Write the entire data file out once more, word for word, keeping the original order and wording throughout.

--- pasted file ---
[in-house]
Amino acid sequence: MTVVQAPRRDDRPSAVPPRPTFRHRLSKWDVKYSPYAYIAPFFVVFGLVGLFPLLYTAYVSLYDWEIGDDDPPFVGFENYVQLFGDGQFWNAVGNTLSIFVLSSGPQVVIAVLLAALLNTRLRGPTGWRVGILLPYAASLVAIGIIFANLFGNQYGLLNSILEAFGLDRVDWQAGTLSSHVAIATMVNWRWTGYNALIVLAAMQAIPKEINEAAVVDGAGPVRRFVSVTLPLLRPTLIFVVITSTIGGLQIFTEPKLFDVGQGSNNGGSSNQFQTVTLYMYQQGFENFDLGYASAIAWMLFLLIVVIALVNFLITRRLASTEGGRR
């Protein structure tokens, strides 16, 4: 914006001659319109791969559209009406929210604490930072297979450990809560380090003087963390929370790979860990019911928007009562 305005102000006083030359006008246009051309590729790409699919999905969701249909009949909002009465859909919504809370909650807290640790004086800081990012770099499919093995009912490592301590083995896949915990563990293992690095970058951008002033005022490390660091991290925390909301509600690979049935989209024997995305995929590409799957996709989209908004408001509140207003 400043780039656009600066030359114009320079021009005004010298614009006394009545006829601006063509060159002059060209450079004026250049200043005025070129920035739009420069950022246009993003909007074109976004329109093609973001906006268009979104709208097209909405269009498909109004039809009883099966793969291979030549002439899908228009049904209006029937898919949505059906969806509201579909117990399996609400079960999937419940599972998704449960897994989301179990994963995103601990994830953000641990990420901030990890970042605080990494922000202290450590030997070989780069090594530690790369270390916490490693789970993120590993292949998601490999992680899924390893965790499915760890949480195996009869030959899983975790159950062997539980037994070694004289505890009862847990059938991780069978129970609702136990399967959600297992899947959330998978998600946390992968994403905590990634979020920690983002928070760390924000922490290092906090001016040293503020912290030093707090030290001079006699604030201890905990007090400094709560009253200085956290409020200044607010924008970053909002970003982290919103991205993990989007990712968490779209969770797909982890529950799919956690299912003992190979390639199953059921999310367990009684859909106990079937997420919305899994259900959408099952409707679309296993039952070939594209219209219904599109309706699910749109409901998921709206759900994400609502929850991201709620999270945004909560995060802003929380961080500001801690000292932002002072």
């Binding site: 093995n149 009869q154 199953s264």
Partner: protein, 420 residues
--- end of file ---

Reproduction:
[in-house]
Amino acid sequence: MTVVQAPRRDDRPSAVPPRPTFRHRLSKWDVKYSPYAYIAPFFVVFGLVGLFPLLYTAYVSLYDWEIGDDDPPFVGFENYVQLFGDGQFWNAVGNTLSIFVLSSGPQVVIAVLLAALLNTRLRGPTGWRVGILLPYAASLVAIGIIFANLFGNQYGLLNSILEAFGLDRVDWQAGTLSSHVAIATMVNWRWTGYNALIVLAAMQAIPKEINEAAVVDGAGPVRRFVSVTLPLLRPTLIFVVITSTIGGLQIFTEPKLFDVGQGSNNGGSSNQFQTVTLYMYQQGFENFDLGYASAIAWMLFLLIVVIALVNFLITRRLASTEGGRR
């Protein structure tokens, strides 16, 4: 914006001659319109791969559209009406929210604490930072297979450990809560380090003087963390929370790979860990019911928007009562 305005102000006083030359006008246009051309590729790409699919999905969701249909009949909002009465859909919504809370909650807290640790004086800081990012770099499919093995009912490592301590083995896949915990563990293992690095970058951008002033005022490390660091991290925390909301509600690979049935989209024997995305995929590409799957996709989209908004408001509140207003 400043780039656009600066030359114009320079021009005004010298614009006394009545006829601006063509060159002059060209450079004026250049200043005025070129920035739009420069950022246009993003909007074109976004329109093609973001906006268009979104709208097209909405269009498909109004039809009883099966793969291979030549002439899908228009049904209006029937898919949505059906969806509201579909117990399996609400079960999937419940599972998704449960897994989301179990994963995103601990994830953000641990990420901030990890970042605080990494922000202290450590030997070989780069090594530690790369270390916490490693789970993120590993292949998601490999992680899924390893965790499915760890949480195996009869030959899983975790159950062997539980037994070694004289505890009862847990059938991780069978129970609702136990399967959600297992899947959330998978998600946390992968994403905590990634979020920690983002928070760390924000922490290092906090001016040293503020912290030093707090030290001079006699604030201890905990007090400094709560009253200085956290409020200044607010924008970053909002970003982290919103991205993990989007990712968490779209969770797909982890529950799919956690299912003992190979390639199953059921999310367990009684859909106990079937997420919305899994259900959408099952409707679309296993039952070939594209219209219904599109309706699910749109409901998921709206759900994400609502929850991201709620999270945004909560995060802003929380961080500001801690000292932002002072």
């Binding site: 093995n149 009869q154 199953s264």
Partner: protein, 420 residues